Botanical name: 


A very common wild plant, but very pretty, and of great virtue. The stalks are eight inches long, but they don't stand upright. They are very slender, round, and of a brownish colour. The leaves stand seven or thereabout together at a joint, ail rising from one base; they are narrow, longish, pointed at the ends, and serrated at the edges, and of a deep green. The flowers are small, but of a beautiful shining yellow: they grow on slender foot stalks, and are of the shape and colour of the crow-foot flowers, only more beautiful; and much less. The roots are large, thick, and crooked, brown on the outside, and reddish within, and of an austere taste.

The root is the part used, and it is best dried; it may be given in powder, or decoction. The powder is excellent against the bleeding of the piles, bloody stools, and the overflowings of the menses. Two ounces of the root added to a quart of hartshorn drink in the boiling, gives it a pretty colour, and adds to its virtue; the root is cordial as well as astringent, and operates a little by sweat: this decoction is therefore very serviceable in fevers, attended with purgings. It checks this moderately, and is good against the fever at the same time.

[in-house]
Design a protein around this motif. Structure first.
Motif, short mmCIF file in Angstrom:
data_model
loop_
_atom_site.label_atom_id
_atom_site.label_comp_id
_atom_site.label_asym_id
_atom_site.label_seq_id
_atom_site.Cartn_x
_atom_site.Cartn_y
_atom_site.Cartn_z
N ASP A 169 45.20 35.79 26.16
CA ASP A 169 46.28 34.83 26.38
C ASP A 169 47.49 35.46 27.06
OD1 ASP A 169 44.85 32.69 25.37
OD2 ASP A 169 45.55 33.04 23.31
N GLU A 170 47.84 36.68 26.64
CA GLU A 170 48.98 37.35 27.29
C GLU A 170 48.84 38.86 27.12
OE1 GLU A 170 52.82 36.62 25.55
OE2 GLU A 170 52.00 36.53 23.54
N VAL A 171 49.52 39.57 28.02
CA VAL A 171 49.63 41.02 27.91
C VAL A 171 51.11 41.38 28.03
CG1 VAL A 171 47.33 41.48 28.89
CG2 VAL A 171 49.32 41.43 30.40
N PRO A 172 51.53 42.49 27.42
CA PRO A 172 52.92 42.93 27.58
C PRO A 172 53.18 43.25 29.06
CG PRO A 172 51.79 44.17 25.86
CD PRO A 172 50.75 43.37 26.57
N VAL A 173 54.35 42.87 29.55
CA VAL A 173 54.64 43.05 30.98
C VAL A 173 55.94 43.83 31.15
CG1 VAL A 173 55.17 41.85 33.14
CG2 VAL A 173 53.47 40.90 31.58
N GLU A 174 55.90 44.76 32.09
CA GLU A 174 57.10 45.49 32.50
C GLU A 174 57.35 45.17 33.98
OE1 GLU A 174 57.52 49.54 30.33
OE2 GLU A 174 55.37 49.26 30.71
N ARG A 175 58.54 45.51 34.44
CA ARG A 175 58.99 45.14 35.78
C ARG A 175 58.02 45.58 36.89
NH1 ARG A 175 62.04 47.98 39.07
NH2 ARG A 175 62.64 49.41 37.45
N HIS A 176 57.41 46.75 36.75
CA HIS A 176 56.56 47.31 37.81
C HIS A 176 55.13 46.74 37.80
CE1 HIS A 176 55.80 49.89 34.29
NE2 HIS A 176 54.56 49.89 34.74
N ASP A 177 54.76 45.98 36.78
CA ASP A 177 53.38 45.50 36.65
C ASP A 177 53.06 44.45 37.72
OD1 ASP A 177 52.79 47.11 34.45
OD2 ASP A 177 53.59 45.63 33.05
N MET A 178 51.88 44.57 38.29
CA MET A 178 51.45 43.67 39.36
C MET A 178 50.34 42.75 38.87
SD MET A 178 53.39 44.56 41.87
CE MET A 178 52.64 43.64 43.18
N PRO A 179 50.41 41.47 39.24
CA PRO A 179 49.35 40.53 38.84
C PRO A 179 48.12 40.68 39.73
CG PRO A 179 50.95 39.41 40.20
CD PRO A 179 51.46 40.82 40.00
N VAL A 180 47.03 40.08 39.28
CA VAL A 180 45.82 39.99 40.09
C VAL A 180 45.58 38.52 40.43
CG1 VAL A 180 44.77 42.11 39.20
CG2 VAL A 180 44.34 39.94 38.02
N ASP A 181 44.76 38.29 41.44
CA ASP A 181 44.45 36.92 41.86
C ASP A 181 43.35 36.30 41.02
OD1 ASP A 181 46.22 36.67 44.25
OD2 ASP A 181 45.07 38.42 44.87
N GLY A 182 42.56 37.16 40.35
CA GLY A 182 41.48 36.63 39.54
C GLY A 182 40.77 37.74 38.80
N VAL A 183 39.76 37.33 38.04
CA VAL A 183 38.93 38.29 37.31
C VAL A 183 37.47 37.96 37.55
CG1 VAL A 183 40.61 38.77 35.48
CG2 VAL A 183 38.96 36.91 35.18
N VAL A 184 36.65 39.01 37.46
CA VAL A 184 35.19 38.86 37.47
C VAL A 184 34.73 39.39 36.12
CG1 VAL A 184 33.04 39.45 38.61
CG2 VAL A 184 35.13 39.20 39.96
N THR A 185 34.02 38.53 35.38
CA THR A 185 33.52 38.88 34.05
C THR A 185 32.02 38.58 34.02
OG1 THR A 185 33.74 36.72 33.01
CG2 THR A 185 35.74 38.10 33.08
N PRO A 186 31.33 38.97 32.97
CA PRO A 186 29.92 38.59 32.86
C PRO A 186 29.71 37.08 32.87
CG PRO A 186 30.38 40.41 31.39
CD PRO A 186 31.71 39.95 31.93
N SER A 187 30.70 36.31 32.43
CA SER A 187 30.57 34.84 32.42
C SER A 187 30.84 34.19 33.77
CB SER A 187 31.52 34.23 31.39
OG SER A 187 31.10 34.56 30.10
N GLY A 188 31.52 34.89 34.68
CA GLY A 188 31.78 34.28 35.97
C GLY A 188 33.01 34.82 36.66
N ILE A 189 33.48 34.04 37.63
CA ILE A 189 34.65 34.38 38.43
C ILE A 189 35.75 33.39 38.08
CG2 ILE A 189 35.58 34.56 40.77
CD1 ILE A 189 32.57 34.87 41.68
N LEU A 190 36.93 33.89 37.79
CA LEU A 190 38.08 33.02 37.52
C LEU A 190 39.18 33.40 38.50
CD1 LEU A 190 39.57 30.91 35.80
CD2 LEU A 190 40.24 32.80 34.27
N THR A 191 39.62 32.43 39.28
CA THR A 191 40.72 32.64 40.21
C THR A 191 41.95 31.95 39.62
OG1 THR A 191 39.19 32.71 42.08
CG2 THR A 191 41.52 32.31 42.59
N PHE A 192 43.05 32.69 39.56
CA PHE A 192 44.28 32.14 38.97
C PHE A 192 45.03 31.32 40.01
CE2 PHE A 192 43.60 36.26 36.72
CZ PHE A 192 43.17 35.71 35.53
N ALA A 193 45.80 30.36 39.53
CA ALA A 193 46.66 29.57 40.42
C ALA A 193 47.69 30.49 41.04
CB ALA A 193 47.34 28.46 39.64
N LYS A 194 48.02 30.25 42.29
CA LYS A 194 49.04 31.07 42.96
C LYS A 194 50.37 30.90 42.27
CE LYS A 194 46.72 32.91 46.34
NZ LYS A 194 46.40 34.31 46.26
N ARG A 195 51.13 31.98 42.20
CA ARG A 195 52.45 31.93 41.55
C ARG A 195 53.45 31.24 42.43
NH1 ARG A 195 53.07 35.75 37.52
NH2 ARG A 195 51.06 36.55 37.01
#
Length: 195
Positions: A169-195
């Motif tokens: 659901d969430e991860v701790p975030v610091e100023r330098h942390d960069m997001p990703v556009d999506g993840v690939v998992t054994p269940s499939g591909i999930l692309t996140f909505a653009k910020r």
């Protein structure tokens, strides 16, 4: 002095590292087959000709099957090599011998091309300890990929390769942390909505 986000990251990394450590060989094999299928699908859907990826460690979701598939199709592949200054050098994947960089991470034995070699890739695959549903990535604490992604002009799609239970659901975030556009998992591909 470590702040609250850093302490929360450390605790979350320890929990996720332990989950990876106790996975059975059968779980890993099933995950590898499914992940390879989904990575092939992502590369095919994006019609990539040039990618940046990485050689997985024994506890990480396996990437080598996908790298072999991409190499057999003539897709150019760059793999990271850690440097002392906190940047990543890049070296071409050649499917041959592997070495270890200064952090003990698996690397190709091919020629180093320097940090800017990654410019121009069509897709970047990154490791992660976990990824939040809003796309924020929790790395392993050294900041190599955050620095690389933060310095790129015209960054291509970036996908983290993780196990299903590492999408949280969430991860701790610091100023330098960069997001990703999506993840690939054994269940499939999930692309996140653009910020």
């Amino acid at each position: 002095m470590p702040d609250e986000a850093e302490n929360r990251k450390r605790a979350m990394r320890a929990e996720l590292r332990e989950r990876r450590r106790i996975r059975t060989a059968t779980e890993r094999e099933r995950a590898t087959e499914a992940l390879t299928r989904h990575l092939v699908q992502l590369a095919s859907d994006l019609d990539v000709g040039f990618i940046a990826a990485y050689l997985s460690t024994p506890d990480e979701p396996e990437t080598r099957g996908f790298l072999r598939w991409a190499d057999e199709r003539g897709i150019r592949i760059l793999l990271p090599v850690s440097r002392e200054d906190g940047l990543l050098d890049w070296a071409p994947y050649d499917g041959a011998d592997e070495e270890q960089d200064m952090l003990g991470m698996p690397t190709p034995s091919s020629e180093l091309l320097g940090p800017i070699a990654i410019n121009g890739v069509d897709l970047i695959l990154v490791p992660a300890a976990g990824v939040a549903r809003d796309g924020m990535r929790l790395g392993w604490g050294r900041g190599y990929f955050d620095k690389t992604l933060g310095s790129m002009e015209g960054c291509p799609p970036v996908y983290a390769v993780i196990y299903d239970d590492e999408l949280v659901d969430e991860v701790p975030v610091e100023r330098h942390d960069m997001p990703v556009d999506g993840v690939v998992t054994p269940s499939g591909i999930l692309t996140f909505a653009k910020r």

The Family Herbal, 1812, was written by John Hill.